NSA whistleblower Edward Snowden is the latest to weigh-in on the Apple vs. FBI battle. And his opinion of the FBI’s claim that only Apple can bypass the security used on an iPhone 5c used by San Bernardino shooter Syed Farook? “Respectfully, that’s bulls***.”
The former NSA security contractor, who fled the US and lives in Russia, made the remarks while speaking via a video link from Moscow at advocacy group Common Cause’s Blueprint for Democracy conference in Washington DC.
The FBI argues the security protections in place on the iPhone in question cannot be broken by the FBI’s techs, and that the information that may be on the device is critical to its investigation of the December attack that left 14 people dead, and 22 wounded.
Snowden later tweeted a link to a blog post from the American Civil Liberties Union’s technology fellow Daniel Kahn Gilmor, who calls the FBI’s case against Apple a “power grab,” and the FBI’s case against Apple is an attempt to mislead the courts and the public about its ability to crack the protection on the iPhone.
“The FBI wants us to think that this case is about a single phone, used by a terrorist. But it’s a power grab: law enforcement has dozens of other cases where they would love to be able to compel software and hardware providers to build, provide, and vouch for deliberately weakened code. The FBI wants to weaken the ecosystem we all depend on for maintenance of our all-too-vulnerable devices. If they win, future software updates will present users with a troubling dilemma. When we’re asked to install a software update, we won’t know whether it was compelled by a government agency (foreign or domestic), or whether it truly represents the best engineering our chosen platform has to offer.”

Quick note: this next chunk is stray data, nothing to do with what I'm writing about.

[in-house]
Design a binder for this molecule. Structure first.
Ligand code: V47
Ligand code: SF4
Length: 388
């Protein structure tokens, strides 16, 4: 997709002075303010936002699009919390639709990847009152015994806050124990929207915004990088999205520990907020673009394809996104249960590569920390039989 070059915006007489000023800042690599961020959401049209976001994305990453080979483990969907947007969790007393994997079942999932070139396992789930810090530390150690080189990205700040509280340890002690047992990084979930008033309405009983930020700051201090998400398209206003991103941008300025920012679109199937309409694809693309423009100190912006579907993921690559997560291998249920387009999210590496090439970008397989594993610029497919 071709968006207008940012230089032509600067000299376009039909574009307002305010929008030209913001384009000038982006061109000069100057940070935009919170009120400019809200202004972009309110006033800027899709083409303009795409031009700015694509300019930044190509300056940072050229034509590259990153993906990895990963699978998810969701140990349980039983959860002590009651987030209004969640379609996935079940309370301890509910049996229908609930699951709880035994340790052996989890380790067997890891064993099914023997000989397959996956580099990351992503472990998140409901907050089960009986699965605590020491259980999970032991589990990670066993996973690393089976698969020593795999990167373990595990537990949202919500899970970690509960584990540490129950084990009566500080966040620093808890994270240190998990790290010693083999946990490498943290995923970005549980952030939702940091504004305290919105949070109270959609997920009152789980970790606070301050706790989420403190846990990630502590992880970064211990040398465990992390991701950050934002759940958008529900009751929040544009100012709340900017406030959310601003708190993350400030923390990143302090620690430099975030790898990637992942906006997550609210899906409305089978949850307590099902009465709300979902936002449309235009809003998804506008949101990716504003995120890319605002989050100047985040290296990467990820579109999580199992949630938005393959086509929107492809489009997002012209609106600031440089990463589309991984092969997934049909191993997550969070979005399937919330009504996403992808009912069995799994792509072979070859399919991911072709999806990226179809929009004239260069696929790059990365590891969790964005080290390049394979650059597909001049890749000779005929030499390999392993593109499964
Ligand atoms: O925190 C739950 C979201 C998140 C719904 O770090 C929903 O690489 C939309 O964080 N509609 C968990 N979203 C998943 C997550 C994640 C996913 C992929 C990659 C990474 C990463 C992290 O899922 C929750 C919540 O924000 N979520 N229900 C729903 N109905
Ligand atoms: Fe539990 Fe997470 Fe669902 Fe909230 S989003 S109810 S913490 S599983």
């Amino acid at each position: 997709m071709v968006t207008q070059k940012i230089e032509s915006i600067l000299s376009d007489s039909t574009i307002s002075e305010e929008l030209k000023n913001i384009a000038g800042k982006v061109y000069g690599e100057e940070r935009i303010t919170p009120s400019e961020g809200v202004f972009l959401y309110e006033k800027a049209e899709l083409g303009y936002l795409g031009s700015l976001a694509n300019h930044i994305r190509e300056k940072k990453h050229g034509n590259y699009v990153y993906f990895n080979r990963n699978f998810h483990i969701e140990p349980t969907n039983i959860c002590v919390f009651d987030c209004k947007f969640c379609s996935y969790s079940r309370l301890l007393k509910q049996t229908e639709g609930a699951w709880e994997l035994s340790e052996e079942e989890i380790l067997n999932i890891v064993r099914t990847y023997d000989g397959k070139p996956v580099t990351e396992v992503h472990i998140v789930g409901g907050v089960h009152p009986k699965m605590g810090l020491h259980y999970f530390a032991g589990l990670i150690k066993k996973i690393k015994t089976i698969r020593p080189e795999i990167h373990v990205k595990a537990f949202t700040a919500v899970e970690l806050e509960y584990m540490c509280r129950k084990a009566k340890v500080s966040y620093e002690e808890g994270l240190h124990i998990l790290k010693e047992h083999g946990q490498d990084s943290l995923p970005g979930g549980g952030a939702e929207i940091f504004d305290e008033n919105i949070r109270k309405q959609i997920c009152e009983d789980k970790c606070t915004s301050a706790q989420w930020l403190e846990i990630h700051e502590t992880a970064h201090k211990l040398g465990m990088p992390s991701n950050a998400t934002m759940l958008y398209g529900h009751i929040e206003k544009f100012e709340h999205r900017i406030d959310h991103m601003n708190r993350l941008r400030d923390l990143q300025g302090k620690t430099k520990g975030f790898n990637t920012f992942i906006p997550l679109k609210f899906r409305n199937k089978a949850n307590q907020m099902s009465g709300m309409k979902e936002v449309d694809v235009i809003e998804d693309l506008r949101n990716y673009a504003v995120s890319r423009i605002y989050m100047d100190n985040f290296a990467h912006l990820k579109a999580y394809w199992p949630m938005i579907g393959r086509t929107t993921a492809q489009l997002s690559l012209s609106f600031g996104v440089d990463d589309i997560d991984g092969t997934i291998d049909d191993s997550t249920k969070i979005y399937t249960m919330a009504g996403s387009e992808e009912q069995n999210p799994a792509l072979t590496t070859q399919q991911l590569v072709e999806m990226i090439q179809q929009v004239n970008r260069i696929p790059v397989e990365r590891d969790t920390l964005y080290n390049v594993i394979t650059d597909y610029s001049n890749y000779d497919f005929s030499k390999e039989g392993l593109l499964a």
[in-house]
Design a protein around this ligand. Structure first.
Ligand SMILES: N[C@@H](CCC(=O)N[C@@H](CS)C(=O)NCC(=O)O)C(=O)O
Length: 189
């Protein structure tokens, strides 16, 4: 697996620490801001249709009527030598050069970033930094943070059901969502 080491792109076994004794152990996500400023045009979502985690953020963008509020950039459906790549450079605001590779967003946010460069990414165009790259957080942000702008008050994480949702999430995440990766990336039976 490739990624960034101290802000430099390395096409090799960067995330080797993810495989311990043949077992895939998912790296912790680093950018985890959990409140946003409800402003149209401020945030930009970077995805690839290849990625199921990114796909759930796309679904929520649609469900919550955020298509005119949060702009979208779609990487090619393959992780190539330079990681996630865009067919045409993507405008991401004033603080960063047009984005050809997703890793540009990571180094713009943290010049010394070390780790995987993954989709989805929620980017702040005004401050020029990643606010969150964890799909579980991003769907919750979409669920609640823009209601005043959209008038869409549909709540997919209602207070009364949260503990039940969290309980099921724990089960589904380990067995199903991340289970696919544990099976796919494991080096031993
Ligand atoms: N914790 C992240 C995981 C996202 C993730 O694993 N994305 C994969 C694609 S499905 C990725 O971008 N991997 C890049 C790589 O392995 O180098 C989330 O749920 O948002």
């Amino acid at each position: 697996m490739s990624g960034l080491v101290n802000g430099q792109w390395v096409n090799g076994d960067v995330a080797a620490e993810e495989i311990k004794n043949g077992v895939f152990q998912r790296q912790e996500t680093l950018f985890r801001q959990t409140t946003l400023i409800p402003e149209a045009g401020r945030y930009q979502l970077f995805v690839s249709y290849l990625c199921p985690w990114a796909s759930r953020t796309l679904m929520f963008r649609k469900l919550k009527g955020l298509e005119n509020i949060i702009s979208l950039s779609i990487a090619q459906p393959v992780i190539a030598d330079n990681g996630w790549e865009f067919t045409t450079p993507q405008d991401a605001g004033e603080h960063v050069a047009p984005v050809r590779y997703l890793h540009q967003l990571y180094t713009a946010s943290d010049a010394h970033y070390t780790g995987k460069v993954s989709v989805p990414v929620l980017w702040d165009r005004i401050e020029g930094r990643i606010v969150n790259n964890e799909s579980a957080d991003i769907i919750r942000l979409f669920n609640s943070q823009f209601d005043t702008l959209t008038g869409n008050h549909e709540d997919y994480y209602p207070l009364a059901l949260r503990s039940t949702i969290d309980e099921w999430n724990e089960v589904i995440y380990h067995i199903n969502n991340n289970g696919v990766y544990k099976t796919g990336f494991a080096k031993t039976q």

Gilmor also says the FBI is misrepresenting the “auto-erase” feature it wants Apple to bypass and even shows how the FBI could work around it. Gilmor closes his post by saying:
“In short, they’re asking the public to grant them significant new powers that could put all of our communications infrastructure at risk, and to trust them to not misuse these powers. But they’re deliberately misleading the public (and the judiciary) to try to gain these powers. This is not how a trustworthy agency operates. We should not be fooled.”